We were unhappy because of our parents’ relationship.
I’m the eldest of us siblings, and I can only applaud my brother and sister for coming out of our childhood at the very least functional. (Wish I could have been a better big brother.) But when it comes to my parents, there’s a lot that I could criticize.
Don’t get me wrong, I don’t hate my parents. I do love them, but not in the warm way portrayed by families in Christmas specials. Well even if I did love them that way, it wouldn’t stop me from pointing out their mistakes.
My dad cheated on my mom. It started when I was about 5 years old, and I understood some of what was going on. Of course, I didn’t know about sex at the time, but what I knew was that my dad stopped living with us, and that my mom was furious at him for spending time with another woman.
From that time on, we only met our dad once a week and on long holidays. We lived with our mom, but for the first few years after that she was always sulky and withdrawn, when she wasn’t brooding and angry. Her anger did subside but it did not fade away, and instead became a smoldering resentment towards my father.
A Child Copes
As you can imagine, this wasn’t psychologically healthy for us three siblings. We didn’t have a father figure around for most of the time. Our mom did her best to raise us, but was angry more than was healthy for her or us.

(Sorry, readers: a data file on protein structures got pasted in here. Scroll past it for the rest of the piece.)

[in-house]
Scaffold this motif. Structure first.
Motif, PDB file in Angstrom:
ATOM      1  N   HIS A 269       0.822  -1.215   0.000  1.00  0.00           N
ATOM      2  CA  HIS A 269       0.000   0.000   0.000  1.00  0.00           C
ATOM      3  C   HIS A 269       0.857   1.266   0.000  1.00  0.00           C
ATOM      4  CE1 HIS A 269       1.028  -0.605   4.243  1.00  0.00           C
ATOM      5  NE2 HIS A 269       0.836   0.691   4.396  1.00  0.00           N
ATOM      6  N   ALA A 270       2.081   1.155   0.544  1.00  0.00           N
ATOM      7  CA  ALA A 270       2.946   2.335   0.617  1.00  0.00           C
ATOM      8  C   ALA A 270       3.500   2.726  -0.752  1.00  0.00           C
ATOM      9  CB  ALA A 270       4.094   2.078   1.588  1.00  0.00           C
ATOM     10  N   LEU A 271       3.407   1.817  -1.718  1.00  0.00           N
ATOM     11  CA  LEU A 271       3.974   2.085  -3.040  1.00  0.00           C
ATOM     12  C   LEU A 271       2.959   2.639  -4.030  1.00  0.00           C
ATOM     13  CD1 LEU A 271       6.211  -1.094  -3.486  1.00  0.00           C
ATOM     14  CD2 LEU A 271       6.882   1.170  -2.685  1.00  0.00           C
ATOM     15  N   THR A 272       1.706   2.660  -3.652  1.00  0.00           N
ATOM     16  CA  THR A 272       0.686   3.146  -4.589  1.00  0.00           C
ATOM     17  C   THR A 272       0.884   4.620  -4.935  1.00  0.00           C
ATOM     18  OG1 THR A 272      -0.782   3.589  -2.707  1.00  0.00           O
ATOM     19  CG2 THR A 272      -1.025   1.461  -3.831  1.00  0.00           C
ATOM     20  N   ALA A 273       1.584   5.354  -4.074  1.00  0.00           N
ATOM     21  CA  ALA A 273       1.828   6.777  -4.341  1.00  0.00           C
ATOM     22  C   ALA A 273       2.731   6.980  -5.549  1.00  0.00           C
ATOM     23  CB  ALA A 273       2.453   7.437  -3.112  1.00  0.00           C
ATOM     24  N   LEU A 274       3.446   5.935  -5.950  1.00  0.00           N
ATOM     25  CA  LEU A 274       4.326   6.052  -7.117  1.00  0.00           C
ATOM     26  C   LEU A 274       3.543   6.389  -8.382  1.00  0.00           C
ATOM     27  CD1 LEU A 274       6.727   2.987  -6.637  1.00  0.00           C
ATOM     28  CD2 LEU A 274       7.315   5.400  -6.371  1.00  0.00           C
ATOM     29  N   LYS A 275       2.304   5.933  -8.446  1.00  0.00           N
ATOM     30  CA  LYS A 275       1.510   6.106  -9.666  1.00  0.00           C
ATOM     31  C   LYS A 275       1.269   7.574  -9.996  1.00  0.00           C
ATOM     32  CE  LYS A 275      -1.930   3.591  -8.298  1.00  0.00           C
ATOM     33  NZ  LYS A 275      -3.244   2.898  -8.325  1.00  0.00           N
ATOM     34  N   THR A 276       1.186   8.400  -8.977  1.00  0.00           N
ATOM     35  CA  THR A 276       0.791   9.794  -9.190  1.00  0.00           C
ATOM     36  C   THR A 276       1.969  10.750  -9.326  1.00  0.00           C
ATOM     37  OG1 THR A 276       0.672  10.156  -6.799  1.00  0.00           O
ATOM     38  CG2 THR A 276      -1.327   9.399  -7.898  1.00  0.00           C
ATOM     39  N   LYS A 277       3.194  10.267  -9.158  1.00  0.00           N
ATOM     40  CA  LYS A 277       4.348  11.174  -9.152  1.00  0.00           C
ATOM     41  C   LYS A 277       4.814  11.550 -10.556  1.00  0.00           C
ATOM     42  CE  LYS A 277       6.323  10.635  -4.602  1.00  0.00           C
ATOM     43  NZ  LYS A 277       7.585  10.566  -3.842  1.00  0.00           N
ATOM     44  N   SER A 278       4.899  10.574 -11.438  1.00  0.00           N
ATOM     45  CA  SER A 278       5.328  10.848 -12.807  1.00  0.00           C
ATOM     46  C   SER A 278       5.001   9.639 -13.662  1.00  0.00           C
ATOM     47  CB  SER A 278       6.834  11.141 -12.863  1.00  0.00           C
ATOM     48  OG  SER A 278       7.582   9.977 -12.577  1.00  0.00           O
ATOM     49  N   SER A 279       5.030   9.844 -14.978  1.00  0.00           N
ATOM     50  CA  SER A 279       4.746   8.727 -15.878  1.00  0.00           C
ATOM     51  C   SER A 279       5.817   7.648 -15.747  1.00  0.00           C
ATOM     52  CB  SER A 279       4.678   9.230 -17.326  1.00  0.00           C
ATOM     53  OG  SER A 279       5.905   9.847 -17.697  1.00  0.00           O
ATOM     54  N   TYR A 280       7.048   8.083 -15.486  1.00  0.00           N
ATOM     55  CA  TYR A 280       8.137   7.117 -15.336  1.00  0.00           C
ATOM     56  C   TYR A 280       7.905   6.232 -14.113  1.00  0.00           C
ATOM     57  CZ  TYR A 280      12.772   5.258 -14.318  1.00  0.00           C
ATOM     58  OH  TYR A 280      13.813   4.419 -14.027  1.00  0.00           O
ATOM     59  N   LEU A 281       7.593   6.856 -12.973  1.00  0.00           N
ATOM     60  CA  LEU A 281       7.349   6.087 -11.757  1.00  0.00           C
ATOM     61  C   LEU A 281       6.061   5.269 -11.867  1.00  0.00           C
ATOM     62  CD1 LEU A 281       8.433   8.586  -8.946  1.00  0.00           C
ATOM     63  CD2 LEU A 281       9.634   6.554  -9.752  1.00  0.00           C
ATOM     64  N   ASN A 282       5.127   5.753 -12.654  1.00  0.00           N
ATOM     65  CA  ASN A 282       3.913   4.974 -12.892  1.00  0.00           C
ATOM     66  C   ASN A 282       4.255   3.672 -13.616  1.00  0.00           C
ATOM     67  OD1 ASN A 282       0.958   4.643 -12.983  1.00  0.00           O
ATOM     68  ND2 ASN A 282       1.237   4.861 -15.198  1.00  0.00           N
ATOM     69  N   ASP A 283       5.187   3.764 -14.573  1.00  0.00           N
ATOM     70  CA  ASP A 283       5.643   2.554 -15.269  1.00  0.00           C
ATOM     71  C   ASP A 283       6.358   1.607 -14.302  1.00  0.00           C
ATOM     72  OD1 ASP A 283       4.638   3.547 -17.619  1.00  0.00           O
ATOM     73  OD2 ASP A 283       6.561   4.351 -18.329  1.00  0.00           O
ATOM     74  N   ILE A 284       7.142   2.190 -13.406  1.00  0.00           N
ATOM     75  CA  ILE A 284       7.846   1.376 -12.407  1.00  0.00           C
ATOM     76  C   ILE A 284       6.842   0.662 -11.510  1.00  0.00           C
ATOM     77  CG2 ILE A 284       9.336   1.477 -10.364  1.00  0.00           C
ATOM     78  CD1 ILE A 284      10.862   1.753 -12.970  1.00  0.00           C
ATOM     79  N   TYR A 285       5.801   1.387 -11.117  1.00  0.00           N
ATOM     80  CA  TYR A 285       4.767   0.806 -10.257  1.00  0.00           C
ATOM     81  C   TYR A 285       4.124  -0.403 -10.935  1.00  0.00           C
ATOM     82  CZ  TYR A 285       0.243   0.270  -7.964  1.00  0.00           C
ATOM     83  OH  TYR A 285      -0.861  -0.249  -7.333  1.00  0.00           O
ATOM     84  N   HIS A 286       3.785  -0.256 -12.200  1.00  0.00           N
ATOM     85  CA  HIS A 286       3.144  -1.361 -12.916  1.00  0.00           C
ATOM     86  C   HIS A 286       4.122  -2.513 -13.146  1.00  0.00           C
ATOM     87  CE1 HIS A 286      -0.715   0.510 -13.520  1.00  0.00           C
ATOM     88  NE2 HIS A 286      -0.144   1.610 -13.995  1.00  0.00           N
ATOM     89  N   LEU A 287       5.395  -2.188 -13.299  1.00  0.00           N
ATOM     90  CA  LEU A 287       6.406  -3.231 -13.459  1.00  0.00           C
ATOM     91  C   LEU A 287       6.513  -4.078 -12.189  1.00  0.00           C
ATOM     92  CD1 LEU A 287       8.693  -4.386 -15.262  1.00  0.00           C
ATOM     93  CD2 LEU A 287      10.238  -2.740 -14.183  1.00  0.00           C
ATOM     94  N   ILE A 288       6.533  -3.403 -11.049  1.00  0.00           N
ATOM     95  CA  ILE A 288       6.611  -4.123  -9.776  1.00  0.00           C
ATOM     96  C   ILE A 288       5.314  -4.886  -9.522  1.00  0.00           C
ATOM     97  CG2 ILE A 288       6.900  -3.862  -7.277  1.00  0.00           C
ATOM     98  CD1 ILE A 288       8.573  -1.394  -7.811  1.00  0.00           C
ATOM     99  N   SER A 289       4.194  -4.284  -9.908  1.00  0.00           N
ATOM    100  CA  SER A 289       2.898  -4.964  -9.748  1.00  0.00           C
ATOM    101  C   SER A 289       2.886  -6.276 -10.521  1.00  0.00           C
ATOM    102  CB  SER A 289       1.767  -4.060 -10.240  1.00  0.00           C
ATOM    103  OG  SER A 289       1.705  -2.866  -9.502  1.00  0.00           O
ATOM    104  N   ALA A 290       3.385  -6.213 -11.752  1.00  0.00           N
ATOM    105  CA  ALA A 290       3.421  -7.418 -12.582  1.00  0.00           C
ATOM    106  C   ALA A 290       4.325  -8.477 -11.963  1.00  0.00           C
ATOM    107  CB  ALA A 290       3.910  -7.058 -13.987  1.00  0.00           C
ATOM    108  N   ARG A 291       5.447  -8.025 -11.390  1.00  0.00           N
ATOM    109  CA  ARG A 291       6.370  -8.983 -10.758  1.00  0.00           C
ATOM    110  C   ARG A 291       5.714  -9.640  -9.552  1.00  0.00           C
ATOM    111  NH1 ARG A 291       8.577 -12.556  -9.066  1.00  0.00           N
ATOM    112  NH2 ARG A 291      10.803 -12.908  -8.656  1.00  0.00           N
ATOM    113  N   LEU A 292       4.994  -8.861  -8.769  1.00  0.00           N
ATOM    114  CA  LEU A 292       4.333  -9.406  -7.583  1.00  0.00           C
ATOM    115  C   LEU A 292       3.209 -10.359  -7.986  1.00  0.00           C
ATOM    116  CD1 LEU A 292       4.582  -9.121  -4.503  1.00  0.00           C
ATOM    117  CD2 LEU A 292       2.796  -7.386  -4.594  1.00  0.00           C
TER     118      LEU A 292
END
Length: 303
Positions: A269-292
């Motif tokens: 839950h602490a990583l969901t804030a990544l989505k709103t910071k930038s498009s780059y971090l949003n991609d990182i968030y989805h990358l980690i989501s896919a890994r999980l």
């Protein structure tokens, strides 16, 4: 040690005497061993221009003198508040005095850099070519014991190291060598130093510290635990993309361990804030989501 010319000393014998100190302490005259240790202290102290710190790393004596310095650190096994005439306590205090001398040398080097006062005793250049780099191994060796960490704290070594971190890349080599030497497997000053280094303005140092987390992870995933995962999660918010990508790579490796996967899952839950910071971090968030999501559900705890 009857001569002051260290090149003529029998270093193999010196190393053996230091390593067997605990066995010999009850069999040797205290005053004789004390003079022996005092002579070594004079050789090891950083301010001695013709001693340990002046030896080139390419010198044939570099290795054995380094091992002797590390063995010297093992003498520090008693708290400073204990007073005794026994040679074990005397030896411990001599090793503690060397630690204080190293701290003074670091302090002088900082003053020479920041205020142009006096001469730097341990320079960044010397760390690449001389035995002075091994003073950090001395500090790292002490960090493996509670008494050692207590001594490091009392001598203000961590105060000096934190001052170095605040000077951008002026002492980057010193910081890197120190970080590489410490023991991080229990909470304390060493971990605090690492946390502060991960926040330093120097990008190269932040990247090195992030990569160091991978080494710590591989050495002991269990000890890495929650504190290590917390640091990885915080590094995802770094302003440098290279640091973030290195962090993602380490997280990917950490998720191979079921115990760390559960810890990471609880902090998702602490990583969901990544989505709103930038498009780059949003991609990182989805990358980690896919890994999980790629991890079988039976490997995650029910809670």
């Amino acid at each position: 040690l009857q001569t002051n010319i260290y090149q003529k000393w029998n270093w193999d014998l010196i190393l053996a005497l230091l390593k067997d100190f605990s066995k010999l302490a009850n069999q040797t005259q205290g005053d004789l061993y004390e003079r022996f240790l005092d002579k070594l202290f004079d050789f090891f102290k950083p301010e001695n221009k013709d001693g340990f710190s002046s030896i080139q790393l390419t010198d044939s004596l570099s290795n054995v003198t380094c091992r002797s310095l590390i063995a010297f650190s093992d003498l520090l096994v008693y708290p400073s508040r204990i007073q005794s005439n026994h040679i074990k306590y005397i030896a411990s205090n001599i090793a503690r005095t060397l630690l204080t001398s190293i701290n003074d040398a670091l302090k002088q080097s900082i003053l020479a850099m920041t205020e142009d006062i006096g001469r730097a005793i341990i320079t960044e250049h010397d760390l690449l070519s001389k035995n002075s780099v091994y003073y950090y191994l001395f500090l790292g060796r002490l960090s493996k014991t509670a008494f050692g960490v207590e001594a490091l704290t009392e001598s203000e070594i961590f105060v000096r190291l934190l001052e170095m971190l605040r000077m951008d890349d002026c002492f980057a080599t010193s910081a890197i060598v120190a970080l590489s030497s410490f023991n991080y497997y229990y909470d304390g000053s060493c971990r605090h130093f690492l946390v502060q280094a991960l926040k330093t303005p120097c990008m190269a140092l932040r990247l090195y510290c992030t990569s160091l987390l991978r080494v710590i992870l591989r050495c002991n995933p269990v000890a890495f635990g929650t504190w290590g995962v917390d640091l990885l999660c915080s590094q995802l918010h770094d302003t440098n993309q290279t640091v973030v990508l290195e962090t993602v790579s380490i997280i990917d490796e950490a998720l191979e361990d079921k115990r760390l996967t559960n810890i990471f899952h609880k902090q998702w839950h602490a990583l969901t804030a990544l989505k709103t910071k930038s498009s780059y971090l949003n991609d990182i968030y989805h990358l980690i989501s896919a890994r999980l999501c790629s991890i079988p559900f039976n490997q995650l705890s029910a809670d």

So there I was, feeling that I had no one I could talk to about my emotions, because I was told that boys, especially big brothers, don’t cry. What recourse did I have?
Books and TV (and later on, video games) were always there for me. They let me have fun, and allowed me to not have to think about our unhapiness. I learned from them that happy endings came to good boys and girls. It was the hope that sustained me for a few years. But even though I did my best to be a good boy — manners, grades, and so on — I never felt my happy ending coming to me.
I was a quiet child to begin with, but the shame I felt from my family’s situation discouraged me from wanting to make friends, because I didn’t know how I could bear with the embarrassment when they found out. So behind my well-mannered facade, I always felt that I needed to maintain that wall between me and the rest of the world, for fear of being exposed.
I was unremarkable except for my grades, and my neutral or gloomy disposition. I didn’t have any close friends. Going to Chinese language school every day after “normal” school meant I had even less time to play with kids my age. But I comforted myself, telling myself that other people were boring, and anyway there were always some heroics to empathize and distract myself with.
I did that year after year. But things didn’t get better, they just faded into my background. Even tales of daring and triumphs over evil gave me little more than fleeting periods of warm fuzzies.
On An Unhealthy Misconception of Love
In truth, I now think the root of my problems was what I thought love was supposed to be like. Growing up in a pretty conservative Christian environment, I was essentially brainwashed into thinking that love is a precursor to marriage, and that the true model of happiness is the heterosexual married couple with at least one child, all beaming smiles and rainbows.